A theoretical study explores the excited state behavior of triazole pyrimidine group fluorophores, revealing insights into their fluorescence mechanisms and the absence of excited state intramolecular proton transfer (ESIPT). The findings contribute to the understanding and potential applications of these fluorophores in various scientific disciplines.
Fluoropurine analogues, a class of unnatural bases, have found widespread use in various scientific disciplines, including chemistry, biology, and pharmacy. Among them, fluoropurine analogues of aza-heterocycles have gained significant attention in medicinal research and development. In a recent study, researchers conducted a comprehensive investigation into the excited state behavior of a novel group of fluoropurine analogues known as triazole pyrimidinyl fluorophores (1). The results revealed intriguing insights into the fluorescence mechanisms, specifically whether they involve excited state intramolecular proton transfer (ESIPT) or intramolecular charge transfer (ICT).
Excited state intramolecular proton transfer (ESIPT) and intramolecular charge transfer (ICT) are phenomena occurring in molecules upon excitation. ESIPT involves the transfer of a proton within the same molecule, affecting its structure and emission behavior. ICT involves electron density redistribution, leading to changes in charge distribution and optical properties. Both processes are important for fluorescence properties, with ESIPT relying on proton transfer through hydrogen bonding and ICT involving electron redistribution between groups or moieties. Molecular structure, environment, and solvent effects influence ESIPT and ICT, making them crucial for designing functional molecules and materials.
Through meticulous analysis of reaction energy profiles, the research team established that the occurrence of ESIPT is highly unlikely within these fluorophores. This finding was further substantiated by experimental data obtained from fluorescent spectra. Consequently, the study proposed a novel fluorescence mechanism based on these observations, indicating that the large Stokes shift observed in the triazole pyrimidine fluorophores can be attributed to an ICT process occurring in the excited state.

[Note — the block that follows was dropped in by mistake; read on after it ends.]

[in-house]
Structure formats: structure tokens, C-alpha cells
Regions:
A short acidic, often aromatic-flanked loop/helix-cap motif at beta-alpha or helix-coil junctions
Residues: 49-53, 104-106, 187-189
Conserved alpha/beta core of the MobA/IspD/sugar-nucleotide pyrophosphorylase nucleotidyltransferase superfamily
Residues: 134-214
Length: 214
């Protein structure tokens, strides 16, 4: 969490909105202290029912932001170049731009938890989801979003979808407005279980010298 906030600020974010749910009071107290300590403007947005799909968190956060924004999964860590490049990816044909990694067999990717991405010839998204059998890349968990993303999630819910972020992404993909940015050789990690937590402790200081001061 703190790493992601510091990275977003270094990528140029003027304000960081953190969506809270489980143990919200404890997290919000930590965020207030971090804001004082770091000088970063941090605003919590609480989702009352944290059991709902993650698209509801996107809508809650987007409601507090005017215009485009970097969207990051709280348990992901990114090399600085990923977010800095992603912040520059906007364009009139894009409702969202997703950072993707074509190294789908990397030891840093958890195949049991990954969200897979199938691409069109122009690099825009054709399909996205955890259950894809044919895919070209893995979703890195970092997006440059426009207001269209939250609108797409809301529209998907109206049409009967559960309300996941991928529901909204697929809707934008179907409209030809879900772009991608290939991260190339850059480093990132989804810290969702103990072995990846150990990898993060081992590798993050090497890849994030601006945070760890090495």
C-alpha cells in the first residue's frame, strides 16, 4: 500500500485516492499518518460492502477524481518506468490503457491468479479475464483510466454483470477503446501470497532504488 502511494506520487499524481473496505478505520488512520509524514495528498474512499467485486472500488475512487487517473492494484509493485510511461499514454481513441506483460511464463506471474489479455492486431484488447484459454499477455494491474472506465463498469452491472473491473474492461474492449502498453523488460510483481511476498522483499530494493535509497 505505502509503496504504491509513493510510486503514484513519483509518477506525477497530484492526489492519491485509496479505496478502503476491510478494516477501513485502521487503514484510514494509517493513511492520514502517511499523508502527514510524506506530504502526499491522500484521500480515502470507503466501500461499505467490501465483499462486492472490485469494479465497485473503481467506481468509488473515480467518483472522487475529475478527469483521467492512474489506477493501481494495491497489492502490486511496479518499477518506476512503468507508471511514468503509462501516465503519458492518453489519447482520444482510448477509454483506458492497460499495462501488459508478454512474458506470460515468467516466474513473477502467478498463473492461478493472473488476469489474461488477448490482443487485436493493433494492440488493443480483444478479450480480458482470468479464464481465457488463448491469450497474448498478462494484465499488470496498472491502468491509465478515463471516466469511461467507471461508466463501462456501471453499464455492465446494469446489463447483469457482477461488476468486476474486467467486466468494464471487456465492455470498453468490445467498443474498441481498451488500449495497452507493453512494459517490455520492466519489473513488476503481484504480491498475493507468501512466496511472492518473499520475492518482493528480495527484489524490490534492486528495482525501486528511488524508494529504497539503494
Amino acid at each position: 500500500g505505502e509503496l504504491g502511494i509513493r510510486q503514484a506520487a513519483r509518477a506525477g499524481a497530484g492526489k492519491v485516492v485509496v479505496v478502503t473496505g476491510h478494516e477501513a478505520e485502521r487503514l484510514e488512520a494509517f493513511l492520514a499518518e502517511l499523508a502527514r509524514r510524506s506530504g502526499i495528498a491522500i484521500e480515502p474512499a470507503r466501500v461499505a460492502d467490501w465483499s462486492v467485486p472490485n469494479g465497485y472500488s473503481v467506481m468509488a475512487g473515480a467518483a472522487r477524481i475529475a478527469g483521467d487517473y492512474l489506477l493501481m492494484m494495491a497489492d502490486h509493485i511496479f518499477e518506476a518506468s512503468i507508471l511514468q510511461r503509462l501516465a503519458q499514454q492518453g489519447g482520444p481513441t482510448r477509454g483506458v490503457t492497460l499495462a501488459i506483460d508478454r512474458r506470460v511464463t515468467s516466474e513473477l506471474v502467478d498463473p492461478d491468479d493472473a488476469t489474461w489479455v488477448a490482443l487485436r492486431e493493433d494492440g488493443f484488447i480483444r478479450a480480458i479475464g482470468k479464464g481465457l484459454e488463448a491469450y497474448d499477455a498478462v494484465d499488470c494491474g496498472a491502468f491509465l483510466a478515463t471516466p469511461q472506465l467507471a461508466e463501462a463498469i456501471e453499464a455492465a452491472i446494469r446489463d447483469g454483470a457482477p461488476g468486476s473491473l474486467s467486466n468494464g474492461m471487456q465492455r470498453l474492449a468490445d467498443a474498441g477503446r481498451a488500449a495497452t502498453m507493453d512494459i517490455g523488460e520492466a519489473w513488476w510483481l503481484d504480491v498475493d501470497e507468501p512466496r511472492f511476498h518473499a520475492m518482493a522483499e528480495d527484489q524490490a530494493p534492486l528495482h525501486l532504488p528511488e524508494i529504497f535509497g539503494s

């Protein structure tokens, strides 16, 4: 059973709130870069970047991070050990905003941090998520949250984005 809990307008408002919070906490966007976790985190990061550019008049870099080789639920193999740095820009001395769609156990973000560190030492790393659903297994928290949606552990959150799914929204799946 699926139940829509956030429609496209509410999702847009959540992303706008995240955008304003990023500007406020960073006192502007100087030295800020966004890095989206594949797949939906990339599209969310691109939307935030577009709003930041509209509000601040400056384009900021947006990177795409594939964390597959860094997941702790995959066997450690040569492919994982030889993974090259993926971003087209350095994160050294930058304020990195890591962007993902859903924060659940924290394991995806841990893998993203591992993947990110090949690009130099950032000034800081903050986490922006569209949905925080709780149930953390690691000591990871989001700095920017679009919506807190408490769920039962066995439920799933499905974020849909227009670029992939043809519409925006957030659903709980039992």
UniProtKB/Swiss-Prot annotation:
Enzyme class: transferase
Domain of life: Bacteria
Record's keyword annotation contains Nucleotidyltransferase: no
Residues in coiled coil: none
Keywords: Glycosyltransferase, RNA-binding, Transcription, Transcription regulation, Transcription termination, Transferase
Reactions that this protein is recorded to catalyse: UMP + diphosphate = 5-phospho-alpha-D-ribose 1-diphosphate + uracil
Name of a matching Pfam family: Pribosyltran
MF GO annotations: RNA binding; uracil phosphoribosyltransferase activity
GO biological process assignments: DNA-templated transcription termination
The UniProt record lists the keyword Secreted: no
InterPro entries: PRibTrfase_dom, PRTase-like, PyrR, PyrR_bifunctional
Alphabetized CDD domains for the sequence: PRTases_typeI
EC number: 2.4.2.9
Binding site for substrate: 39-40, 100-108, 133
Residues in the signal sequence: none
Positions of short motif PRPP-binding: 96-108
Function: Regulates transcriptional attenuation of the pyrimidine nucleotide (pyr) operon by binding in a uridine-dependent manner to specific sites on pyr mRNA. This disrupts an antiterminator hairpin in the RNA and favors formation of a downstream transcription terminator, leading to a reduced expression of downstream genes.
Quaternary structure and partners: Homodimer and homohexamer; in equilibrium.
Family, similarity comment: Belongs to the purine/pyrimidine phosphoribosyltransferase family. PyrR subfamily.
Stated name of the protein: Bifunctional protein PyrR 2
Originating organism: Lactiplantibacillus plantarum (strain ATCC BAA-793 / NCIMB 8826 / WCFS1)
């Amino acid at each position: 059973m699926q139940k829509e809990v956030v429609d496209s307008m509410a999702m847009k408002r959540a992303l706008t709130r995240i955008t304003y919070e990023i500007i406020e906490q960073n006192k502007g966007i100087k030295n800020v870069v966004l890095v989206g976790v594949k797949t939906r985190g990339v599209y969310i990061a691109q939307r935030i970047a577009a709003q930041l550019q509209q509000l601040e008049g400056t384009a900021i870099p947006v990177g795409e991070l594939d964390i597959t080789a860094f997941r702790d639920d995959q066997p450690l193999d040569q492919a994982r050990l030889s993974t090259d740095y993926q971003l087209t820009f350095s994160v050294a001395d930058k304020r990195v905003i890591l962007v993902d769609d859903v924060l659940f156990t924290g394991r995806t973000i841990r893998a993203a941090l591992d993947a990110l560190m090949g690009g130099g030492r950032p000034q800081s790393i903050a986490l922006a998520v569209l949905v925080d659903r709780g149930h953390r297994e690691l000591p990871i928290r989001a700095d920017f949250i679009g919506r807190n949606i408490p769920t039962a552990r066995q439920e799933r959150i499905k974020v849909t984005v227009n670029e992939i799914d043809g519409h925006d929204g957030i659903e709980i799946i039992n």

The implications of this discovery are significant for the practical applications of these fluorescent compounds in diverse fields and the regulation of their fluorescence properties. By elucidating the underlying excited state behavior and fluorescence mechanisms, this theoretical study provides valuable insights that can inform the design and optimization of fluoropurine analogues for enhanced performance in various scientific and technological applications. Moreover, the findings contribute to a deeper understanding of the fundamental principles governing the behavior of aza-heterocyclic fluorophores, facilitating their development as versatile tools for fluorescence-based research and diagnostics.
The theoretical study conducted by Wenze Li and colleagues at Shenyang University of Chemical Technology and published in the journal Spectrochimica Acta Part A: Molecular and Biomolecular Spectroscopy, sheds new information on the photophysical properties of triazole pyrimidinyl fluorophores, offering a fresh perspective on their excited state behavior (1). With further experimental validation and exploration, these insights could pave the way for the advancement of novel fluoropurine analogues and their applications in fields such as sensing, imaging, and molecular diagnostics.
(1) Lv, M.; Gao, Y.; Cai, Z.; Tang, Z.; Zhang, Y.; Wang, T.; Li, W. A theoretical study on the excited state behavior of a series of novel triazole pyrimidine group fluorophores: ESIPT or ICT. Spectrochimica Acta Part A: Mol. Biomol. Spectrosc. 2023, 297, 122706. DOI: 10.1016/j.saa.2023.122706